A group of scientists in England announced they recently recreated the vocal tract of a mummified, 3,000-year-old Egyptian priest as well as one of the “vocal sounds” it (probably) would’ve produced. The vocal tract was 3D-printed, and closely models the one the living priest would’ve used, thanks to detailed CT scans of his exceptionally well-preserved body. Listen to the recreated sound below, which, sadly, doesn’t even faintly resemble Bender bellowing out “Remember me!”
Nesyamun and the CT scanner used to map his vocal tract. Leeds Teaching Hospitals/Leeds Museums and Galleries
The scientists, including D.M. Howard of the University of London, John Schofield of the University of York, et al., announced the 3D-printed tract and sound in a paper published in the journal Scientific Reports. Gizmodo spoke with Schofield, an archaeologist, who said that he and the other authors of the paper took on this challenge “to enhance our understanding of the past culture as well as [demonstrate] that this could be done.”
According to the paper, because “the precise dimensions of an individual’s vocal tract produce a sound unique to them,” it should follow that a closely modeled 3D-printed version of the vocal tract belonging to the mummified priest—who went by the name Nesyamun when he roamed the Earth—should be able to faithfully reproduce his voice, albeit only when coupled with a Vocal Tract Organ (or electronic larynx) to provide “a user-controllable artificial larynx sound source.”
Utilizing the Vocal Tract Organ, the scientists blew air out of a small loudspeaker into the 3D-printed version of Nesyamun’s vocal tract, and applied frequency variation to the sound emitted by imitating “a falling intonation in the male speech fundamental frequency range.” The scientists chose this specific frequency range through which the sound could fluctuate because it’s likely one Nesyamun would’ve been familiar with; according to the study, “Nesyamun’s duties included speaking as well as chanting or singing the daily liturgy,” and the frequency range they chose would’ve been intrinsic to those capabilities.
CT scan of Nesyamun’s vocal tract (above), virtual model of the 3D-printed vocal tract (below). D.M. Howard, et al.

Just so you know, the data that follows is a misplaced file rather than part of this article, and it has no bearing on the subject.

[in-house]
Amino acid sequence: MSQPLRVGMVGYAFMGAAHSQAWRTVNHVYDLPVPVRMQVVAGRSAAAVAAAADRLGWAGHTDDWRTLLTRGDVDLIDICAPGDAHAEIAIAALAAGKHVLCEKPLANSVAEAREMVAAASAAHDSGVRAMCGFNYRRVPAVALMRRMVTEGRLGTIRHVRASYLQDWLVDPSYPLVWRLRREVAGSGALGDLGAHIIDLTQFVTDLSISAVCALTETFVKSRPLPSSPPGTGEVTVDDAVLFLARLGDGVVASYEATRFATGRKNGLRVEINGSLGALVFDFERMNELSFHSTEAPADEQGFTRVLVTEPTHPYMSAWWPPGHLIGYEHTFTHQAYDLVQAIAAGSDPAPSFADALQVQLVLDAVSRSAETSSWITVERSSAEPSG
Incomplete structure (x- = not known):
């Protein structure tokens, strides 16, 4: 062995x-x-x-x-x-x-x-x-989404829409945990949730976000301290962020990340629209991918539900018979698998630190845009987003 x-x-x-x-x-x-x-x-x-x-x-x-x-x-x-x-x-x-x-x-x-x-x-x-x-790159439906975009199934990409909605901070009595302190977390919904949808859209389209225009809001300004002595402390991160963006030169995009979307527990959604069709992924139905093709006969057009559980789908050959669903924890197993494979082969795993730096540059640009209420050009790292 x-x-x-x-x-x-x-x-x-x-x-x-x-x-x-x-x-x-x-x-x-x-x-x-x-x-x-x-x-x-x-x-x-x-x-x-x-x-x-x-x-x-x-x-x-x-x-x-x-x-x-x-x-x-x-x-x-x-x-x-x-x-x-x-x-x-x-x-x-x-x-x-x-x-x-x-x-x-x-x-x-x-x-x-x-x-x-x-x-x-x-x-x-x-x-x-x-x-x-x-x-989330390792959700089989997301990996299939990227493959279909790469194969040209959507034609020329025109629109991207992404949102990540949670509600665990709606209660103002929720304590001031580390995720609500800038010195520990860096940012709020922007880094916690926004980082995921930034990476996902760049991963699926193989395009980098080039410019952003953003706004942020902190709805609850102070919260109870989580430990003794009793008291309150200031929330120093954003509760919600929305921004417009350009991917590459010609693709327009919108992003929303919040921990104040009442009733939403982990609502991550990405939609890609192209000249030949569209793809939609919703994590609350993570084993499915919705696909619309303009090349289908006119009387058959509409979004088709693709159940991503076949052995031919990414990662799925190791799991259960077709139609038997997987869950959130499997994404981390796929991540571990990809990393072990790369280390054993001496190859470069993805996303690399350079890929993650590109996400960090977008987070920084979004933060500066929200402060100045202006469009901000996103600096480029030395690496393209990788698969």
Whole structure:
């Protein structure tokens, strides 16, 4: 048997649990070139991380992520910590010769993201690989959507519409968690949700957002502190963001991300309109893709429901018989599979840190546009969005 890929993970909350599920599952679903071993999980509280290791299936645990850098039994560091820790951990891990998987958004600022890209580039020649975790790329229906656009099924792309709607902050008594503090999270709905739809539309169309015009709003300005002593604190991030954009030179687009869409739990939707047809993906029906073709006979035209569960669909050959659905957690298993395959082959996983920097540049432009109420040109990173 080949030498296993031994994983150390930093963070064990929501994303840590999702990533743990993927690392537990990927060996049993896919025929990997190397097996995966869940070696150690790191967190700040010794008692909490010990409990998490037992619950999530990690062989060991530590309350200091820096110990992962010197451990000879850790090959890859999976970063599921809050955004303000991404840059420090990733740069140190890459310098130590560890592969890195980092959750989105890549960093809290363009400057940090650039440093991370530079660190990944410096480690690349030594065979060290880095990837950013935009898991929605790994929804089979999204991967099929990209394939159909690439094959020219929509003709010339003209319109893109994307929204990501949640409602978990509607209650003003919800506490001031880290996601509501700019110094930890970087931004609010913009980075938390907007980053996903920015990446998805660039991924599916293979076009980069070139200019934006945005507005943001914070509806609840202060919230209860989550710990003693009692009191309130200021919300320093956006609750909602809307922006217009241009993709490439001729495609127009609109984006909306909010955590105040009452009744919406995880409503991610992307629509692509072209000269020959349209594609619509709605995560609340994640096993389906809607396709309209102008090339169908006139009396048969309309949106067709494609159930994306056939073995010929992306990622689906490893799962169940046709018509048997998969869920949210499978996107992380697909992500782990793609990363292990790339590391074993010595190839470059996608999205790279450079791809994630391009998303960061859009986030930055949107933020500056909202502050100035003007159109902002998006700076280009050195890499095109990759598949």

The scientists say that the vowel sound produced by their model of Nesyamun’s vocal tract falls somewhere between the vowel in “bed” and “bad.” They also say that it somewhat closely resembles vowel sounds made by modern, English-speaking adult males, which further suggests that their reconstructed sound offers an accurate representation. Despite the technical description, however, the sound still seems like something you’d hear come out of a doctor’s mouth when they’re looking at a growth that’s not quite identifiable. (Hmmmmmmmmmm-eh.)
That said, there’s also an aspect of this experiment that’s worthy of a Brendan Fraser adventure film (no, not Encino Man). And that’s the fact that Nesyamun (as well as many other ancient Egyptians) apparently had a documented desire to be able to speak after death so that his soul would receive “eternal sustenance… [and be] able to move around freely… to see and address the gods as he had in his working life.” And to that we say, wish granted, Nesyamun! Or at least, Hmmmmmmmmm-eh kind of granted.
What do you think about Priest Nesyamun’s reproduced vowel sound? Is it reasonable to believe that a 3D-printed version of Nesyamun’s vocal tract faithfully recreates bits of his voice, or should we disregard this discovery as too dubious? Remember to give us your opinions in the comments. And also, remember Bender!
Futurama via The Morbotron
Feature image: Leeds Teaching Hospitals/Leeds Museums and Galleries